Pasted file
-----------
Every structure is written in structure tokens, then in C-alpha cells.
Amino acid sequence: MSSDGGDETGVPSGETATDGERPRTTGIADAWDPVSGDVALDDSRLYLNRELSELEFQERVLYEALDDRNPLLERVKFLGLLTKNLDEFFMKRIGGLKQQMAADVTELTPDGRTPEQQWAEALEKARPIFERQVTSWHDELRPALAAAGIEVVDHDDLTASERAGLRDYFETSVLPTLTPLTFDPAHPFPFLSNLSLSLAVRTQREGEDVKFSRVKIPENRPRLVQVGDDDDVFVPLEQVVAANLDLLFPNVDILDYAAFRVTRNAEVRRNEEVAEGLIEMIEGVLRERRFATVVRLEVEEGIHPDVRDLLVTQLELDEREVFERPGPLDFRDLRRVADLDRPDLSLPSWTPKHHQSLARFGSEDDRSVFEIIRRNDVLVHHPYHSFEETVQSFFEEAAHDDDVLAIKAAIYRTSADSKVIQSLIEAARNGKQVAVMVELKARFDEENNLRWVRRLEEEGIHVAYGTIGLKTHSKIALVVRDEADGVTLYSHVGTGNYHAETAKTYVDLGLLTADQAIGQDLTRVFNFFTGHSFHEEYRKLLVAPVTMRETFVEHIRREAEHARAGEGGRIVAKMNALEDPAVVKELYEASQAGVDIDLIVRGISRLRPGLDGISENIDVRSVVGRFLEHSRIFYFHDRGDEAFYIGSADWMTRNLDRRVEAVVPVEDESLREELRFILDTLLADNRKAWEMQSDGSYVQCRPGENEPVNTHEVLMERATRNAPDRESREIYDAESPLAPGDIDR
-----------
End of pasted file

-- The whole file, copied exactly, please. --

Every structure is written in structure tokens, then in C-alpha cells.
Amino acid sequence: MSSDGGDETGVPSGETATDGERPRTTGIADAWDPVSGDVALDDSRLYLNRELSELEFQERVLYEALDDRNPLLERVKFLGLLTKNLDEFFMKRIGGLKQQMAADVTELTPDGRTPEQQWAEALEKARPIFERQVTSWHDELRPALAAAGIEVVDHDDLTASERAGLRDYFETSVLPTLTPLTFDPAHPFPFLSNLSLSLAVRTQREGEDVKFSRVKIPENRPRLVQVGDDDDVFVPLEQVVAANLDLLFPNVDILDYAAFRVTRNAEVRRNEEVAEGLIEMIEGVLRERRFATVVRLEVEEGIHPDVRDLLVTQLELDEREVFERPGPLDFRDLRRVADLDRPDLSLPSWTPKHHQSLARFGSEDDRSVFEIIRRNDVLVHHPYHSFEETVQSFFEEAAHDDDVLAIKAAIYRTSADSKVIQSLIEAARNGKQVAVMVELKARFDEENNLRWVRRLEEEGIHVAYGTIGLKTHSKIALVVRDEADGVTLYSHVGTGNYHAETAKTYVDLGLLTADQAIGQDLTRVFNFFTGHSFHEEYRKLLVAPVTMRETFVEHIRREAEHARAGEGGRIVAKMNALEDPAVVKELYEASQAGVDIDLIVRGISRLRPGLDGISENIDVRSVVGRFLEHSRIFYFHDRGDEAFYIGSADWMTRNLDRRVEAVVPVEDESLREELRFILDTLLADNRKAWEMQSDGSYVQCRPGENEPVNTHEVLMERATRNAPDRESREIYDAESPLAPGDIDR